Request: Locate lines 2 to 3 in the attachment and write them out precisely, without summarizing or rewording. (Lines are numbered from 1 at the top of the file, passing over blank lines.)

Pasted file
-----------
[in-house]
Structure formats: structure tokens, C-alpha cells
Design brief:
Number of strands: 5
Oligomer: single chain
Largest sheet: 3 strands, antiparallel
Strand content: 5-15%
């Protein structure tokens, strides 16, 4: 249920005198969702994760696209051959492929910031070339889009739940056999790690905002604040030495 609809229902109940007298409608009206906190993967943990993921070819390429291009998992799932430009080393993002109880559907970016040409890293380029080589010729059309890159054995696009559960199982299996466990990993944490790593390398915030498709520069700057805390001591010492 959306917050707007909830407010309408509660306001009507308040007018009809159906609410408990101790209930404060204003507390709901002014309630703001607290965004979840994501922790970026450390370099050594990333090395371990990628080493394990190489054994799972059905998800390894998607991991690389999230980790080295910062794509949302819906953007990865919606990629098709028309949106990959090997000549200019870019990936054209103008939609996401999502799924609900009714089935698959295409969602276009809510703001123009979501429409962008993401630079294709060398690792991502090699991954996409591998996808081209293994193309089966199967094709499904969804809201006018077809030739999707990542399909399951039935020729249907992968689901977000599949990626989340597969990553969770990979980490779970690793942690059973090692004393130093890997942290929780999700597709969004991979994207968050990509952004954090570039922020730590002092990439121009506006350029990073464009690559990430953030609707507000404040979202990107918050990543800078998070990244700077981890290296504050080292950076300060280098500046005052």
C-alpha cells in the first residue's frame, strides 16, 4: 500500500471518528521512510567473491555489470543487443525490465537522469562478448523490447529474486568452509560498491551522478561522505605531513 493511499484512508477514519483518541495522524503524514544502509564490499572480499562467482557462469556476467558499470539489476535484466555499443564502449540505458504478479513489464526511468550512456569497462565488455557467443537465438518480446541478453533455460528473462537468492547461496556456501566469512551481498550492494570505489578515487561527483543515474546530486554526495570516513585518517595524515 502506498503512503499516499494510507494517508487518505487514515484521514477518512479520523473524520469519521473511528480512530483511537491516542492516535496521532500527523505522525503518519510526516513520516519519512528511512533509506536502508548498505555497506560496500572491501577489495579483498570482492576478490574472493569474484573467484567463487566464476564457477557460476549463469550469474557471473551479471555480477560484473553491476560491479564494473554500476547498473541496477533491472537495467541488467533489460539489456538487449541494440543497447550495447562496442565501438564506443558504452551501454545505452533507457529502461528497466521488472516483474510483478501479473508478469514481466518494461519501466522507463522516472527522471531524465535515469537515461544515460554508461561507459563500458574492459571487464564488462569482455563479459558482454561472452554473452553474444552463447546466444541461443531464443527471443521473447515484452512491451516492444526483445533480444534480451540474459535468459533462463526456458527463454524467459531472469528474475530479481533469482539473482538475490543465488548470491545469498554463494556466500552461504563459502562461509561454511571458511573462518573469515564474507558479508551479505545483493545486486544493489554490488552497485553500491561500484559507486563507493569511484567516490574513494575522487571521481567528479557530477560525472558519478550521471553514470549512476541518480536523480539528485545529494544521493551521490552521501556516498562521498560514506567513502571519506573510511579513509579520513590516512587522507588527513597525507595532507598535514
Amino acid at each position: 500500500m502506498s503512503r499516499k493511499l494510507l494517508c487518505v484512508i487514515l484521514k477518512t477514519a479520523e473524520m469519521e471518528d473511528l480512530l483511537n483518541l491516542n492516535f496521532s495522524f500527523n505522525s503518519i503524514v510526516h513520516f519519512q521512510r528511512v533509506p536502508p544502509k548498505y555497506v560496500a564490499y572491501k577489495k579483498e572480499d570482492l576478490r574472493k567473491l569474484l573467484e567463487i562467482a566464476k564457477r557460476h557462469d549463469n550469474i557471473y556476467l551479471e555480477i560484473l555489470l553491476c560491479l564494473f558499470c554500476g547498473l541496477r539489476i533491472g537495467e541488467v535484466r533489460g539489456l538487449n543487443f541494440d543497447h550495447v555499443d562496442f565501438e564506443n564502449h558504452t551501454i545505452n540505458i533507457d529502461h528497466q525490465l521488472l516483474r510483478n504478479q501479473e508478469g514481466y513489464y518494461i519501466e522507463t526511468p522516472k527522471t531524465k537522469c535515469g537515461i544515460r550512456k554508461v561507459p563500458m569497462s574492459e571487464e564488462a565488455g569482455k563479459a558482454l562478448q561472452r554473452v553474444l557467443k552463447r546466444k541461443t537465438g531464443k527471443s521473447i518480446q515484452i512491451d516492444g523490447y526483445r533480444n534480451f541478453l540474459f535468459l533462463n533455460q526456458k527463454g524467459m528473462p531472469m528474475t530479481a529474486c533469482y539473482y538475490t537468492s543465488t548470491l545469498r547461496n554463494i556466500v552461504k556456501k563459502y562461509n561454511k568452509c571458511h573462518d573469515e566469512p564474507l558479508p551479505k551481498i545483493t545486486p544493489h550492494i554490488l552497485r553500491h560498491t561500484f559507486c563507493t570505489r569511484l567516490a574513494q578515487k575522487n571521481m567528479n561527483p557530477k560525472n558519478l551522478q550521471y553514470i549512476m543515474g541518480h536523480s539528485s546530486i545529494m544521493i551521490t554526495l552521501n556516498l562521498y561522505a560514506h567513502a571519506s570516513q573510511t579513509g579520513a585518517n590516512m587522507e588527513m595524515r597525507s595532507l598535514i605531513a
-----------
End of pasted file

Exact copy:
Structure formats: structure tokens, C-alpha cells
Design brief: